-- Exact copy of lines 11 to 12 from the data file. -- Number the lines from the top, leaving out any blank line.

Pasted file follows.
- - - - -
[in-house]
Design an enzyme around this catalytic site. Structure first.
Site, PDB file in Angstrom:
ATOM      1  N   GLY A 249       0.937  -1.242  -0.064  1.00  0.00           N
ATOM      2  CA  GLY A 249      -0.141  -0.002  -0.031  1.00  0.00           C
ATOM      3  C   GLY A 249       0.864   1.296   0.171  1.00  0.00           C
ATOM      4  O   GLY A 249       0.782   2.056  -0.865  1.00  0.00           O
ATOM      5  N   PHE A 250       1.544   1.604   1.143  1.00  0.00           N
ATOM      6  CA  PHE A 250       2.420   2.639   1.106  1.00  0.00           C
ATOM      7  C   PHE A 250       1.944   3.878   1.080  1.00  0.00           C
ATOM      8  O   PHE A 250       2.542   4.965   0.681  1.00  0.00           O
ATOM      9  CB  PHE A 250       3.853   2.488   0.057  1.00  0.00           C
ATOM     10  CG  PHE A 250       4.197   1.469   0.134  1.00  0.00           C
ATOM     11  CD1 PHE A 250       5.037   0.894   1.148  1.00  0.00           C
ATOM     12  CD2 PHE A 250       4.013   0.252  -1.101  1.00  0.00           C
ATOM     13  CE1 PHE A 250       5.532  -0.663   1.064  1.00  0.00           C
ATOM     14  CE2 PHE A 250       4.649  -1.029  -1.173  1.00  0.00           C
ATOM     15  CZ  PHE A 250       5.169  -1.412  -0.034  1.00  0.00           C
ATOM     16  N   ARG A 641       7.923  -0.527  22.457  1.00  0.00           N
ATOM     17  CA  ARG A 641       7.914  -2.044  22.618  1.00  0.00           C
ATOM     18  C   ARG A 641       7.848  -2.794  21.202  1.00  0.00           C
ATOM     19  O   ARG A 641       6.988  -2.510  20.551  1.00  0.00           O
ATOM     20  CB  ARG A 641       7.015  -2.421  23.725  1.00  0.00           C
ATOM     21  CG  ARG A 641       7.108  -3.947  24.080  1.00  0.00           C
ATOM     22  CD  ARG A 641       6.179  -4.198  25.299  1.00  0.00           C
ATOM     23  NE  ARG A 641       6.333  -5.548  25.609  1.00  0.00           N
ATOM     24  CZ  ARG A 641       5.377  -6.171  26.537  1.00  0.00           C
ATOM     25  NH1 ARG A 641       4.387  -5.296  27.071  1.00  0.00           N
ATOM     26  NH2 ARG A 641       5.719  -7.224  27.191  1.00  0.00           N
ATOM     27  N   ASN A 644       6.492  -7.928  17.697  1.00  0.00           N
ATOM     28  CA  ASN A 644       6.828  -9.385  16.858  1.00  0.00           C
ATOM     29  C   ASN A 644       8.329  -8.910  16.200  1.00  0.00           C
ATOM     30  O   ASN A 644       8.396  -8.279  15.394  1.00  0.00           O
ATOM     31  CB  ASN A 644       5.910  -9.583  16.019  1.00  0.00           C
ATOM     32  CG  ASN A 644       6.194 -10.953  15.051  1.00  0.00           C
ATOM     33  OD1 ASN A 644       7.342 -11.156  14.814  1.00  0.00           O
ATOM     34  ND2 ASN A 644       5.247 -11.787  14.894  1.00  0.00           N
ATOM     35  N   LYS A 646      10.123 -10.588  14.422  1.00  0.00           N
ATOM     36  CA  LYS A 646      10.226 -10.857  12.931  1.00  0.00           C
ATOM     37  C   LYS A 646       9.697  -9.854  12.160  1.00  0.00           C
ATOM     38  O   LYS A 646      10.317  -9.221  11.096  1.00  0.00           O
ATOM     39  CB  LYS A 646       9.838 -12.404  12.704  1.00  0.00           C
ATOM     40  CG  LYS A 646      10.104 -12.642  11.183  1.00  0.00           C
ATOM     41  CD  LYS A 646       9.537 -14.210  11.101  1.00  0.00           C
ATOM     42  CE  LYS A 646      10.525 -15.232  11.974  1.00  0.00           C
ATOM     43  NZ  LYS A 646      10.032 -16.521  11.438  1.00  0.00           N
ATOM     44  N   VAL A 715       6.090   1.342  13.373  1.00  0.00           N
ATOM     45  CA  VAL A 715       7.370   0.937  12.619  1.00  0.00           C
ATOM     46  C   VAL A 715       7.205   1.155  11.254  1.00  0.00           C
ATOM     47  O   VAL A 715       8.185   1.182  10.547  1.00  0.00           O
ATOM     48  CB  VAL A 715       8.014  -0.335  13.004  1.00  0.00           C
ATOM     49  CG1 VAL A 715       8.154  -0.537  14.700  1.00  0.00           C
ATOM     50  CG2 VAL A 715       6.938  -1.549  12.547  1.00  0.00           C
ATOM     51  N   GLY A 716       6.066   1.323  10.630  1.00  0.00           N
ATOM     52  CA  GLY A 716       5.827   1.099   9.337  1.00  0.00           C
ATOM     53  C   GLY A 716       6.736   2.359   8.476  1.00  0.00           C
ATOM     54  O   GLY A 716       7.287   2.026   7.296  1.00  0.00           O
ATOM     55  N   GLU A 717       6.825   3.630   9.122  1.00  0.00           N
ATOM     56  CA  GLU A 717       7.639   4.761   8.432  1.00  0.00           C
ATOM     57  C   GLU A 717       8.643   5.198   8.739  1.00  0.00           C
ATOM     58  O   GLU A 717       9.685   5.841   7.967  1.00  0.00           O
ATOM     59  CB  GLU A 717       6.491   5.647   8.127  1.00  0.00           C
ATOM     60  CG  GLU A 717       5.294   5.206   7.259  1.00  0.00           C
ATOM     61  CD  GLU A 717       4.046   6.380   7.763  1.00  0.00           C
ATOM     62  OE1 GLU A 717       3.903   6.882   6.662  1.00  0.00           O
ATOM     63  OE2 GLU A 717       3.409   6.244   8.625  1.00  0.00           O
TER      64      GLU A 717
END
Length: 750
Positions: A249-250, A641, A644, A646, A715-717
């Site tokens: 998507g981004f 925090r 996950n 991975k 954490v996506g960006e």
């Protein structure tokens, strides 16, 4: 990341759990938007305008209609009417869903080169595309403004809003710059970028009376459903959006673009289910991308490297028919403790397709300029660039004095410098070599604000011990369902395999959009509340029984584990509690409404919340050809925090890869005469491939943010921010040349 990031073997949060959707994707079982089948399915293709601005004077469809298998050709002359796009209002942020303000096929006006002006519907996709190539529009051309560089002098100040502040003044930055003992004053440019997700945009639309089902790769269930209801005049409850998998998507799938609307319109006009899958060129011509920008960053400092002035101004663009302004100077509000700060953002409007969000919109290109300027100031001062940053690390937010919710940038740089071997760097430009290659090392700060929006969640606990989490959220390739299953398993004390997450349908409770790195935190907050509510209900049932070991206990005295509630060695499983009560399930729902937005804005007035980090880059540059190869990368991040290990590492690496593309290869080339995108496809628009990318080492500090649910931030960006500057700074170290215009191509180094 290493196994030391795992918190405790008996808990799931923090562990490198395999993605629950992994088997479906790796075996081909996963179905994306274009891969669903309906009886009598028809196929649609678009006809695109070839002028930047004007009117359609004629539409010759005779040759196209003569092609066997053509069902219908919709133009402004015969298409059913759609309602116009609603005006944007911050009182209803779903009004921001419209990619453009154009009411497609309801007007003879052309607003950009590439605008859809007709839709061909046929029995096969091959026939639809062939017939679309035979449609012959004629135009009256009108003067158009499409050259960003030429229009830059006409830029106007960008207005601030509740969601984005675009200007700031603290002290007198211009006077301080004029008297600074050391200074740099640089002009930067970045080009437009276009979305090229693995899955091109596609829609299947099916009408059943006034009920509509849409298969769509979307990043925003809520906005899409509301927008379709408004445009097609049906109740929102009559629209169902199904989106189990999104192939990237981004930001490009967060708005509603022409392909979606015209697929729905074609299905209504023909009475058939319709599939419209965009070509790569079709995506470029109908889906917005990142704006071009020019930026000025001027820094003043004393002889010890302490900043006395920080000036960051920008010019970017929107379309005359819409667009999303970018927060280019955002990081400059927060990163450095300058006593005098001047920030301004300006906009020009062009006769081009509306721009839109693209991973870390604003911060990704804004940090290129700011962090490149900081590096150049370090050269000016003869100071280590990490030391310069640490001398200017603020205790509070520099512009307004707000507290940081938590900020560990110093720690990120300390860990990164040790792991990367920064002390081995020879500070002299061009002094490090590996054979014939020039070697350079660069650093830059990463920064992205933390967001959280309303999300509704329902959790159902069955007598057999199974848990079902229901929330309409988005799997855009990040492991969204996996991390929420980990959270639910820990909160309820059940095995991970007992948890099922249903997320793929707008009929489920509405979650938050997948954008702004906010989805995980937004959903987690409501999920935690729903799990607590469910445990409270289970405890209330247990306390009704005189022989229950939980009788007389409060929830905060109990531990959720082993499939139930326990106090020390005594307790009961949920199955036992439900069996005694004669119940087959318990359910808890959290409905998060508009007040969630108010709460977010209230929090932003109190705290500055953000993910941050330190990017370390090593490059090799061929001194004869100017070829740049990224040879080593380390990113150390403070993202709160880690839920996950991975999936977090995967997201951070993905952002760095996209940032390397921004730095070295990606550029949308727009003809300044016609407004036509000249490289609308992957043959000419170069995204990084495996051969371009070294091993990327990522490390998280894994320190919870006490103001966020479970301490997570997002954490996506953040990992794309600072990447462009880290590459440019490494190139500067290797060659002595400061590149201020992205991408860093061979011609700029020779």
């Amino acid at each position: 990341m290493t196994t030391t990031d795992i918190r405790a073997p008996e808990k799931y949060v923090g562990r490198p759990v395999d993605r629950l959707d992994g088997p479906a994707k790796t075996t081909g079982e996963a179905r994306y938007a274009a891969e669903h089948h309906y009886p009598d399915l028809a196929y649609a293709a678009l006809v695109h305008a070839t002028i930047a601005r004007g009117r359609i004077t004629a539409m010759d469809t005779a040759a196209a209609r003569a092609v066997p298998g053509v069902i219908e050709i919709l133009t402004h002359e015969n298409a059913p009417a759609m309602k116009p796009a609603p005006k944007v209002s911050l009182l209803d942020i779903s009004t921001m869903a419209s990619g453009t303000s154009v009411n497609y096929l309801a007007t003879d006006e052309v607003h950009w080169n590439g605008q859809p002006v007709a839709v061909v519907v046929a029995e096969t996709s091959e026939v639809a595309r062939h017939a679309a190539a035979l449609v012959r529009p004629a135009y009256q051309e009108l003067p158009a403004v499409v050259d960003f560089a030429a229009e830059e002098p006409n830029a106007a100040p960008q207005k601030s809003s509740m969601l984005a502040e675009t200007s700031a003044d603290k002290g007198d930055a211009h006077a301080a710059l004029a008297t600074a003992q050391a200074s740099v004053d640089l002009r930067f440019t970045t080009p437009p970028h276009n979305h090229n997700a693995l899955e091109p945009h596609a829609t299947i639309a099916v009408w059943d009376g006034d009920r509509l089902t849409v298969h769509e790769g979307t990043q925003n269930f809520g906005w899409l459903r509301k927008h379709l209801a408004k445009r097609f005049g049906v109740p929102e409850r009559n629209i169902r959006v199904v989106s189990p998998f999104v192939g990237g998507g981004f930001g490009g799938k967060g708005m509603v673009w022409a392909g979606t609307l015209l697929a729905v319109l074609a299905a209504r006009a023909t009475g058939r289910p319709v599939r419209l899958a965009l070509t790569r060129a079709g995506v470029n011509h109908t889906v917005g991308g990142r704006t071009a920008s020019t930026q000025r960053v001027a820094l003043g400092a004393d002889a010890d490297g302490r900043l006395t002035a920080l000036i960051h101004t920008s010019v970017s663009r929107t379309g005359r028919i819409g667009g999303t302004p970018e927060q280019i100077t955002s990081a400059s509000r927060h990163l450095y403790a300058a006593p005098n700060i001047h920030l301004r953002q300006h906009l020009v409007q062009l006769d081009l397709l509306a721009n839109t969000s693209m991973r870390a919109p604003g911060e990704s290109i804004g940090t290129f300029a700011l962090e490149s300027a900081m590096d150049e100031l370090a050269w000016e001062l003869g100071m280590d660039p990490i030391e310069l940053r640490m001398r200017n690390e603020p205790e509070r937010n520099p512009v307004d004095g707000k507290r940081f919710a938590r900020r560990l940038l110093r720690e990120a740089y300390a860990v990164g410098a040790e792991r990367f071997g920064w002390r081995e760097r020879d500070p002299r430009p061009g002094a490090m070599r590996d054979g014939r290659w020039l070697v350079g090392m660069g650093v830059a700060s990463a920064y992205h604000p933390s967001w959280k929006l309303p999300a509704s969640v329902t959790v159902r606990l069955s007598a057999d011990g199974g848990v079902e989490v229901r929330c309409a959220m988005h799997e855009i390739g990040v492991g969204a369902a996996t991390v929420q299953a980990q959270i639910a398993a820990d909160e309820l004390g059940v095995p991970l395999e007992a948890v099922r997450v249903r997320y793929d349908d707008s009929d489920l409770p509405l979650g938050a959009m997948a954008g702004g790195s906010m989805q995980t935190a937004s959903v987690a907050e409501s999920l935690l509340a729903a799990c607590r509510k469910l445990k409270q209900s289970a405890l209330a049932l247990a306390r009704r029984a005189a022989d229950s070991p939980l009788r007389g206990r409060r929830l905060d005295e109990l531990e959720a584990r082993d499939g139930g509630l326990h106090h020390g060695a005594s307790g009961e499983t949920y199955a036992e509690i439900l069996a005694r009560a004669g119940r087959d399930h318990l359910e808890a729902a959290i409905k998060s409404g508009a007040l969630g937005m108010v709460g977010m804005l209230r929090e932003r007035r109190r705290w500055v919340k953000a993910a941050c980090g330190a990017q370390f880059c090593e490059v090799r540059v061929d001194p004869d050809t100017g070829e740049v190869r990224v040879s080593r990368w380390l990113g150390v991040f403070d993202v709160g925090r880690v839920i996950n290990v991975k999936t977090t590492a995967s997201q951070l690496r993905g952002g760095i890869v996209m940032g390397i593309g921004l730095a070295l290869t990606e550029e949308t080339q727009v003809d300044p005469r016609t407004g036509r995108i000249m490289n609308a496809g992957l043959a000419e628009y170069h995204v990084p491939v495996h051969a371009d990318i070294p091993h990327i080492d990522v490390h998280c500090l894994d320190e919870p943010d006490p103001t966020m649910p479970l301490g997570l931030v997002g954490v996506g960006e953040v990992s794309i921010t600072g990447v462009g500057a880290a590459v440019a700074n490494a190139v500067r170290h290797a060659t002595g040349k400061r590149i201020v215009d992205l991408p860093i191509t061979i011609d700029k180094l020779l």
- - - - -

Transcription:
ATOM      8  O   PHE A 250       2.542   4.965   0.681  1.00  0.00           O
ATOM      9  CB  PHE A 250       3.853   2.488   0.057  1.00  0.00           C